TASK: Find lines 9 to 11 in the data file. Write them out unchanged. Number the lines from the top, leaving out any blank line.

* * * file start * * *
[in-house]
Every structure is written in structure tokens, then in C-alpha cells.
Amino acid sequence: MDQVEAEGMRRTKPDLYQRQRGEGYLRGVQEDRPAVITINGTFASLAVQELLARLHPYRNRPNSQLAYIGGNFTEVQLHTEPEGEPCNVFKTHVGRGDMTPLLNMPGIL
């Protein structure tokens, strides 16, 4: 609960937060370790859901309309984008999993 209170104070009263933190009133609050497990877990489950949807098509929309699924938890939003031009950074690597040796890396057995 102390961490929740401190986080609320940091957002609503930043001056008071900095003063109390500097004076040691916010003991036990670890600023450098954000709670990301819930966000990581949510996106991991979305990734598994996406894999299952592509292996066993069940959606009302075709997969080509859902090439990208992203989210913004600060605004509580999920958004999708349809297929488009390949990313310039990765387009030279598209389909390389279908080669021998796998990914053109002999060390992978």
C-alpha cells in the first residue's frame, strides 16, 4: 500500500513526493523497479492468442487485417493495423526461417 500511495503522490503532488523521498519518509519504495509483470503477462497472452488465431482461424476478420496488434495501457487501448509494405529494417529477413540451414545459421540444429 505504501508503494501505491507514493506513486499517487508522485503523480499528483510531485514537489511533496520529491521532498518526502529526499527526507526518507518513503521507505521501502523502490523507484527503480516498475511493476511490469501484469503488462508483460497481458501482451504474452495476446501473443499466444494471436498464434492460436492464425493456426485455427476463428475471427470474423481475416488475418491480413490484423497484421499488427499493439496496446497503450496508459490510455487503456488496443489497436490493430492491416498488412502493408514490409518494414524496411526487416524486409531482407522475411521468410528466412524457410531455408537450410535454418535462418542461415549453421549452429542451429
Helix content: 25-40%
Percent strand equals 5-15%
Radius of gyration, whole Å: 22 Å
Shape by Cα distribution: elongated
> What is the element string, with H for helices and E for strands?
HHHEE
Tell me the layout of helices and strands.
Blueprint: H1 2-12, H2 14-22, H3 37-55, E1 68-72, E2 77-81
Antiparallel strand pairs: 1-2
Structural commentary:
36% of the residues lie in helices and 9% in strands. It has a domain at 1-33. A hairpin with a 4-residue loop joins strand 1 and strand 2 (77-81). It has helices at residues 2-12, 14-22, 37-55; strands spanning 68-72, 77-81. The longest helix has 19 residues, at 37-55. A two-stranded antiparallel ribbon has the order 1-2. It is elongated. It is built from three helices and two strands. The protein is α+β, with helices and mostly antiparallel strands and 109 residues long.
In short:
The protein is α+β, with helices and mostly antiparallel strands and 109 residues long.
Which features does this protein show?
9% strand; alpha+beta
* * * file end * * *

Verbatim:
Shape by Cα distribution: elongated
> What is the element string, with H for helices and E for strands?
HHHEE